Already this week, a ban on social gatherings of more than six people, including children, has come into effect for England. The other nations of the UK — Scotland, Wales and Northern Ireland — have announced similar clampdowns on meetings. And there are several areas across the UK that are living under localised restrictions.
Tougher restrictions on people and businesses were also announced Friday for parts of the northwest of England, the West Midlands and west Yorkshire. And in a sign that the virus is here to stay through the winter, the mayor of London, Sadiq Khan, cancelled the annual fireworks display on the River Thames.
‘Doing everything possible’
The latest daily figures show that another 3,395 new confirmed cases were reported. That down on the previous day’s 3,991, the seven-day average is around double the level a couple of weeks back.
As the experience of the pandemic has shown, there's usually a lag of a week or two between a rise in cases and hospitalisations and then a subsequent lag for deaths.
It's clear that the increase in cases is leading to a higher number of people requiring acute care. The number of patients being treated for the disease in hospitals in England increased to 894 on Wednesday, up from 472 on Sept 1, according to the latest government statistics. The number of hospitalised patients on ventilators rose to 107 from 59 in the same period.
The worry is that deaths will start to increase markedly in the days and weeks ahead. Though the UK is recording far fewer deaths on a daily basis than it did earlier this year, it still registered another 21 on Thursday, taking the total of those having died 28 days after testing positive for COVID-10 to 41,705.
“This is a big moment for the country," Hancock said. “We are seeing an acceleration in the number of cases and we are also seeing that the number of people hospitalised with coronavirus is doubling every eight days.”
The government's strategy over the coming weeks, he said, is to contain the virus down as much as is possible whilst ensuring schools and workplaces remain open.
"And doing everything we possibly can for the cavalry that’s on the horizon of the vaccine and mass testing, and the treatments that, frankly, this country has done more than any other around the world to develop,” he said.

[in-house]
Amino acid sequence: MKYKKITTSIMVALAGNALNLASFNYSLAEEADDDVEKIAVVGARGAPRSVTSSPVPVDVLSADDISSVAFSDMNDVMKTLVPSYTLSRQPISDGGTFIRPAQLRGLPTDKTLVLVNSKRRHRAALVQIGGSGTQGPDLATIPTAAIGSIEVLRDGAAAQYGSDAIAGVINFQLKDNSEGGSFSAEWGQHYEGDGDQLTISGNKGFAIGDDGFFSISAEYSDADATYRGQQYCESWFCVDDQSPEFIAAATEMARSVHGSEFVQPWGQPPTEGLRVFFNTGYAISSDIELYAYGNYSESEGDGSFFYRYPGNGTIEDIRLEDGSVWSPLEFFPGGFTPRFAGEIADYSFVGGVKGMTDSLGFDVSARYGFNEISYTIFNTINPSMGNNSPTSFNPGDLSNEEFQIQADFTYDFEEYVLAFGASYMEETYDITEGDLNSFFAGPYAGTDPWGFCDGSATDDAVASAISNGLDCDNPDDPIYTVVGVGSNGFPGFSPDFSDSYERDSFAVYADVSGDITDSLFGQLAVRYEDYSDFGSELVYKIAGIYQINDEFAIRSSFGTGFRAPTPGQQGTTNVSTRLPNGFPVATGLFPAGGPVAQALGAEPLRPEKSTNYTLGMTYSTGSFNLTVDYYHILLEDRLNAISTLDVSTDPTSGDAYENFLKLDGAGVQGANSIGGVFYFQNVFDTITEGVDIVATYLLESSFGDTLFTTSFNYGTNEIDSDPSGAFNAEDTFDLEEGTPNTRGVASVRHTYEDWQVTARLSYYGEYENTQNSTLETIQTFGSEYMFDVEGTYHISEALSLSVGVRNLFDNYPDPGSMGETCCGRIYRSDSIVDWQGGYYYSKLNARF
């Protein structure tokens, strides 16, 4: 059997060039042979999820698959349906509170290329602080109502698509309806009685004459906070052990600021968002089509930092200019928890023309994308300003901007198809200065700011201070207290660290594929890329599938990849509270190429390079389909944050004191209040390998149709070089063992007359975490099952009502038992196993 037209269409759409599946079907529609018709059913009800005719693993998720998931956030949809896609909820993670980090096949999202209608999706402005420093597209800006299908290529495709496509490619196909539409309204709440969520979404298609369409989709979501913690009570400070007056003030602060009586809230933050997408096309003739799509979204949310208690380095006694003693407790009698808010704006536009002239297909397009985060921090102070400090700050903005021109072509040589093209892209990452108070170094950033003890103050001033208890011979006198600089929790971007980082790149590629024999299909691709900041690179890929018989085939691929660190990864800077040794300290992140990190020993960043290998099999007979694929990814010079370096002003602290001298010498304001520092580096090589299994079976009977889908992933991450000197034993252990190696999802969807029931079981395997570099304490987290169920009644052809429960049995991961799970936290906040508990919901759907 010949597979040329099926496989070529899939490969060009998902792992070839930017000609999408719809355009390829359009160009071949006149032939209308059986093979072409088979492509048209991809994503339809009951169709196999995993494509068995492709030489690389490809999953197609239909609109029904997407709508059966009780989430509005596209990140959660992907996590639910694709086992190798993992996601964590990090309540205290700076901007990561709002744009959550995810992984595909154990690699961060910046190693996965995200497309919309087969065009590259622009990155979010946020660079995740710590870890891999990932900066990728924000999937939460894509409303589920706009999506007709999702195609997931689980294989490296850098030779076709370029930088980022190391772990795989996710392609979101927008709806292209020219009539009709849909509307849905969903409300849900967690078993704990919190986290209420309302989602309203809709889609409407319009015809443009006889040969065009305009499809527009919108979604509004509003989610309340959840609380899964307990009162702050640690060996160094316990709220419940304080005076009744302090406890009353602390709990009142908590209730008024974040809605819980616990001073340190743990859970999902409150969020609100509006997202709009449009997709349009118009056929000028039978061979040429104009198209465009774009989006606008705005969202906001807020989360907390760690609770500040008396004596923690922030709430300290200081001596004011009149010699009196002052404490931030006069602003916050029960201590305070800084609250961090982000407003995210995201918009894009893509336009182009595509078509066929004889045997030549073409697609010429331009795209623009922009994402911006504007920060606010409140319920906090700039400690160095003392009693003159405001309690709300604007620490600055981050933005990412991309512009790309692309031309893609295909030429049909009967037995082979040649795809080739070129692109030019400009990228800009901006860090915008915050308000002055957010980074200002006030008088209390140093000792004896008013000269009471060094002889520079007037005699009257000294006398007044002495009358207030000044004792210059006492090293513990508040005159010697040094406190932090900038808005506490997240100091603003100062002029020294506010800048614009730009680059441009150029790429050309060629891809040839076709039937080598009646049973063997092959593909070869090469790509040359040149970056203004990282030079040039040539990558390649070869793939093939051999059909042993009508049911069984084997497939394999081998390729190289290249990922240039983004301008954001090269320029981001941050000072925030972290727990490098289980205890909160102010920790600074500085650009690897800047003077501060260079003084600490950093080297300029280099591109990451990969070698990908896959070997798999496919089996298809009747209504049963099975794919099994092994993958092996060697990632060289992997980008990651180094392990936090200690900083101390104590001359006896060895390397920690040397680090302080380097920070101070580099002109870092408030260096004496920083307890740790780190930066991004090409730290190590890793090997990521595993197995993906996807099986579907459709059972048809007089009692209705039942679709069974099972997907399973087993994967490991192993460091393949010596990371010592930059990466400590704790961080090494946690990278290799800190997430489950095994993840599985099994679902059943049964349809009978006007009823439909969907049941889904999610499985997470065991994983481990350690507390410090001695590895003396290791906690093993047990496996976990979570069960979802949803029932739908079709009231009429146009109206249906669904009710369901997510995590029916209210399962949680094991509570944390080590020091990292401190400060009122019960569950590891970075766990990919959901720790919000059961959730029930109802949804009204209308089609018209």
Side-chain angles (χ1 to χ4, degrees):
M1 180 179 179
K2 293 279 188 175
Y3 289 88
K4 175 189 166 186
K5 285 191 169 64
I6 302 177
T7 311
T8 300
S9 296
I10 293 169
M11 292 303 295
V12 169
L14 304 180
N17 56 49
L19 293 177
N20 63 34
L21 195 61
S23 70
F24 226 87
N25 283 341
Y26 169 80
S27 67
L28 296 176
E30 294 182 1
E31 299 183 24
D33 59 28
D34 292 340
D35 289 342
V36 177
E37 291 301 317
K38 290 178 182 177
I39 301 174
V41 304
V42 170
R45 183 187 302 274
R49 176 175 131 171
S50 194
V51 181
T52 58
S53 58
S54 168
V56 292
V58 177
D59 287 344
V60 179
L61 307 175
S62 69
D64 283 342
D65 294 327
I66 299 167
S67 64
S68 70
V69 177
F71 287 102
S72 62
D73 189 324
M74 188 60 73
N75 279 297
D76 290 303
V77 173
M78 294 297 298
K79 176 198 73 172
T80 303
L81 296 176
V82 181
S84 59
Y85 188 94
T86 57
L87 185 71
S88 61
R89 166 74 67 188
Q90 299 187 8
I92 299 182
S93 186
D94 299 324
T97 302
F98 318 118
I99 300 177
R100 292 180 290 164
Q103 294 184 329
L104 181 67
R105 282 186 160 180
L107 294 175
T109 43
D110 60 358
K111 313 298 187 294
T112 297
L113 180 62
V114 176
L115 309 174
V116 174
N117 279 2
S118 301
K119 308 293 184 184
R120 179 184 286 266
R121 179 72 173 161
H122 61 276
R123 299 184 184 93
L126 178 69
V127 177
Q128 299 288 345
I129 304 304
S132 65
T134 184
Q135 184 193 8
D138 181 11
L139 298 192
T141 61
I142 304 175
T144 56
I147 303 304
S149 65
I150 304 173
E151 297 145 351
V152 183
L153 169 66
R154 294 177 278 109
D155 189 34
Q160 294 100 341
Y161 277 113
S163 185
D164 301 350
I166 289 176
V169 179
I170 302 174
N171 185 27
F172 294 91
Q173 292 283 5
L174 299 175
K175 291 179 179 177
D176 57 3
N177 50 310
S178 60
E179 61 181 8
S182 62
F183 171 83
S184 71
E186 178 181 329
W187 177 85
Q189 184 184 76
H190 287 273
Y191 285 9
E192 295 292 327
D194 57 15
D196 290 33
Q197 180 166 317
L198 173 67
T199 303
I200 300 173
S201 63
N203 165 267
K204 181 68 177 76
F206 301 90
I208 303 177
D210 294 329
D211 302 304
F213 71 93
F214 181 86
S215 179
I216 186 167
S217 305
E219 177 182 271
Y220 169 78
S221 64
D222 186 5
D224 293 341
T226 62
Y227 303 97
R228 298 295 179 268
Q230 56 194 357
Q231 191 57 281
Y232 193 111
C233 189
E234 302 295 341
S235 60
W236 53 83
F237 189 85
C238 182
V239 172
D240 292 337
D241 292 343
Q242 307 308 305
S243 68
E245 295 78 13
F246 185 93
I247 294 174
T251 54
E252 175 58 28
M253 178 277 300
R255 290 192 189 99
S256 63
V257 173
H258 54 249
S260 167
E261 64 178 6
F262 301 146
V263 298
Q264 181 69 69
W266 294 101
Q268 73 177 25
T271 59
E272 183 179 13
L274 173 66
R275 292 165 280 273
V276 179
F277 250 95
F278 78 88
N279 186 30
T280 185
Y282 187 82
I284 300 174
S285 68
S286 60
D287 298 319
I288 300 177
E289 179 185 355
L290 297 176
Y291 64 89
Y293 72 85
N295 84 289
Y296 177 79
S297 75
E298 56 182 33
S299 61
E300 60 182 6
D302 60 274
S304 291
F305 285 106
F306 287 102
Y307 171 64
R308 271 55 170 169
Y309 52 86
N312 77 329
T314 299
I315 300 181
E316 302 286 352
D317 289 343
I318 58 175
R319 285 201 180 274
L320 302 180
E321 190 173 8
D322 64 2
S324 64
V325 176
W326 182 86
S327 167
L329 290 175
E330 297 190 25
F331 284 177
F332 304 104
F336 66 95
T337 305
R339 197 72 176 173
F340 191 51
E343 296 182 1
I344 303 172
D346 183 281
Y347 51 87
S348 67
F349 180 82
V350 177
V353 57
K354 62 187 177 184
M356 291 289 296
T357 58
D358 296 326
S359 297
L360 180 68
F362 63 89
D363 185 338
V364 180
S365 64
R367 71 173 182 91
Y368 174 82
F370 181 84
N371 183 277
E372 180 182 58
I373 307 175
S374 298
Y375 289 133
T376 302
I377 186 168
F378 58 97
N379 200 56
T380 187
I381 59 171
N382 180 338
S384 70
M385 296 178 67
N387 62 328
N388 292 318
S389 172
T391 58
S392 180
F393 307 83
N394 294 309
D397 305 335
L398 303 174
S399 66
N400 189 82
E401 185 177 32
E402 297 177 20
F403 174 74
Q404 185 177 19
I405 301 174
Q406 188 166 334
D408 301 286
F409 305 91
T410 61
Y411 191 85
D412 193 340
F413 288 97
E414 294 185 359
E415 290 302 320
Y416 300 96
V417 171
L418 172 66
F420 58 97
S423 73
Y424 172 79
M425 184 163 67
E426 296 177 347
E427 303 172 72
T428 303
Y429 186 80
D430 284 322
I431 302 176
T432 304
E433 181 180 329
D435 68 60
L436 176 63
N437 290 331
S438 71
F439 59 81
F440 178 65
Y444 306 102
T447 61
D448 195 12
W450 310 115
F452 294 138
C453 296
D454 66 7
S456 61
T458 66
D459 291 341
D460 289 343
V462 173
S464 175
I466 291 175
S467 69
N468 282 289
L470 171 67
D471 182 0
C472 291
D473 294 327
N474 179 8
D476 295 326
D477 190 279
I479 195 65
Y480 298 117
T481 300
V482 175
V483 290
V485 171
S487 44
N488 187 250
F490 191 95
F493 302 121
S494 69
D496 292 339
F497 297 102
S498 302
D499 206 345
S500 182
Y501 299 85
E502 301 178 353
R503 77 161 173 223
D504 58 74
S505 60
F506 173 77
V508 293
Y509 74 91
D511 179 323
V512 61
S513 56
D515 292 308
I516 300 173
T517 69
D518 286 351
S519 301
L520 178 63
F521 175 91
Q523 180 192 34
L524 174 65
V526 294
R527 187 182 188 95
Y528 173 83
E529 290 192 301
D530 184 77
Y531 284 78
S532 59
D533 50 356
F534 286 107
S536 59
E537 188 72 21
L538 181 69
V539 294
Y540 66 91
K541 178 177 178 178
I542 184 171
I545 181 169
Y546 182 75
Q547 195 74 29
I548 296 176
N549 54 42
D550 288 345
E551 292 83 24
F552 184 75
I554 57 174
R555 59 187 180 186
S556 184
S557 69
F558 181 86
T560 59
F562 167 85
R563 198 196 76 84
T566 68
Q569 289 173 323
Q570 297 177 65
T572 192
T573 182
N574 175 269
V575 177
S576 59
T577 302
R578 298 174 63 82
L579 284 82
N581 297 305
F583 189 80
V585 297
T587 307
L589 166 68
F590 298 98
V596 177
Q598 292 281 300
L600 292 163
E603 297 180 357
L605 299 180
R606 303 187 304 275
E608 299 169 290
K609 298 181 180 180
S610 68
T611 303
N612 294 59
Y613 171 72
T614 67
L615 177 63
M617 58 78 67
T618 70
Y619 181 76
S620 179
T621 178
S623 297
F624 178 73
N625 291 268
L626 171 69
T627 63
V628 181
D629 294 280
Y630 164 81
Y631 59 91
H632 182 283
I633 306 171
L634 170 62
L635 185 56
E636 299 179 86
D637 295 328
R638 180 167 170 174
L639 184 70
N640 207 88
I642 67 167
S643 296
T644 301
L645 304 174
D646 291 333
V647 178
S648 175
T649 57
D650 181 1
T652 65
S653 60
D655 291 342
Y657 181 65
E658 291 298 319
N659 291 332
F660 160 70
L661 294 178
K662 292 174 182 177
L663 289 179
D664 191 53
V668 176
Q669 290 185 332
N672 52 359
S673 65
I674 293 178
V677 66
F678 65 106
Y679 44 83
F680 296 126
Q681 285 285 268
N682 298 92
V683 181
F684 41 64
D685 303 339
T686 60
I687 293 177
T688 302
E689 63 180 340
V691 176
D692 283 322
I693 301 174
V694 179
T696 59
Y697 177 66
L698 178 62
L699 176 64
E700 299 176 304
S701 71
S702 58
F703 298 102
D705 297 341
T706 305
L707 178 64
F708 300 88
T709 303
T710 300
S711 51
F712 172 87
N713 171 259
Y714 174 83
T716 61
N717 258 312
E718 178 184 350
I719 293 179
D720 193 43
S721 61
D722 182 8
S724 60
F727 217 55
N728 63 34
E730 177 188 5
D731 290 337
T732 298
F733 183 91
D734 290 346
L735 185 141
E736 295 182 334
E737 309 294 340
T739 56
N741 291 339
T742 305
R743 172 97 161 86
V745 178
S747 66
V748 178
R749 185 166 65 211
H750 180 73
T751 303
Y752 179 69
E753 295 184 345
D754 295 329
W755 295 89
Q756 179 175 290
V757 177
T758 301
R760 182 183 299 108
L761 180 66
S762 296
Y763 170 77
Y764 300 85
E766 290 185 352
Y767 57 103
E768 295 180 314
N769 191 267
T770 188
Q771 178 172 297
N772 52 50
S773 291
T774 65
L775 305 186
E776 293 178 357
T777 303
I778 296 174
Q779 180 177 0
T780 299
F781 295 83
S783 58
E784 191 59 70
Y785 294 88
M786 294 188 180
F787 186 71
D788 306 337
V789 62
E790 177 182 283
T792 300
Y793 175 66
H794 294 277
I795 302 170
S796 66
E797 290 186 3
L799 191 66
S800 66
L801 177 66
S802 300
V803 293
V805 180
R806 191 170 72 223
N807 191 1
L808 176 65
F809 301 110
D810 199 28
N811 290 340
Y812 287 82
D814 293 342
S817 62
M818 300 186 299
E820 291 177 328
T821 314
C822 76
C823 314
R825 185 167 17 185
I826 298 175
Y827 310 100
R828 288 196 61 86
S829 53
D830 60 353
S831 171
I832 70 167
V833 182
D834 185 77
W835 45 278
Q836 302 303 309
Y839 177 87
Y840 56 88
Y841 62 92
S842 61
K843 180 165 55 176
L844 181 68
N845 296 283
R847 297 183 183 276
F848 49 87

Julian Tang, an honorary associate professor in respiratory sciences at the University of Leicester, said the various measures in place or being considered, such as limiting gatherings to six or imposing curfews, can act as a “firebreak" in stopping the spread of the virus to the more susceptible groups of the population.
“But these are all incremental and each on their own or in patchy combinations may not be enough, in which case a full local lockdown may be needed to stop the spread," he added.
Satellite images show smoke from wildfires in the western United States has reached as far as Europe.
Data collected by the European Union's Copernicus Atmosphere Monitoring Service found smoke from the fires had traveled 8,000 kilometers through the atmosphere to Britain and other parts of northern Europe, reports AP.
The European Centre for Medium-Range Weather Forecasts, which operates some of the Copernicus satellite monitoring systems, said the fires in California, Oregon and Washington state have emitted an estimated 30.3 million metric tonnes (33.4 million tons) of carbon.
“The scale and magnitude of these fires are at a level much higher than in any of the 18 years that our monitoring data covers, since 2003," Mark Parrington, a senior scientist and wildfire expert at Copernicus Atmosphere Monitoring Service, said.
Parrington said the smoke thickness from the fires, known as aerosol optical depth or AOD, was immense, according to satellite measurements.
“We have seen that AOD levels have reached very high values of seven or above, which has been confirmed by independent ground-based measurement,” he said.
“To put this into perspective, an AOD of one would already indicate a lot of aerosols in the atmosphere.”
Also read: 10 dead in California fire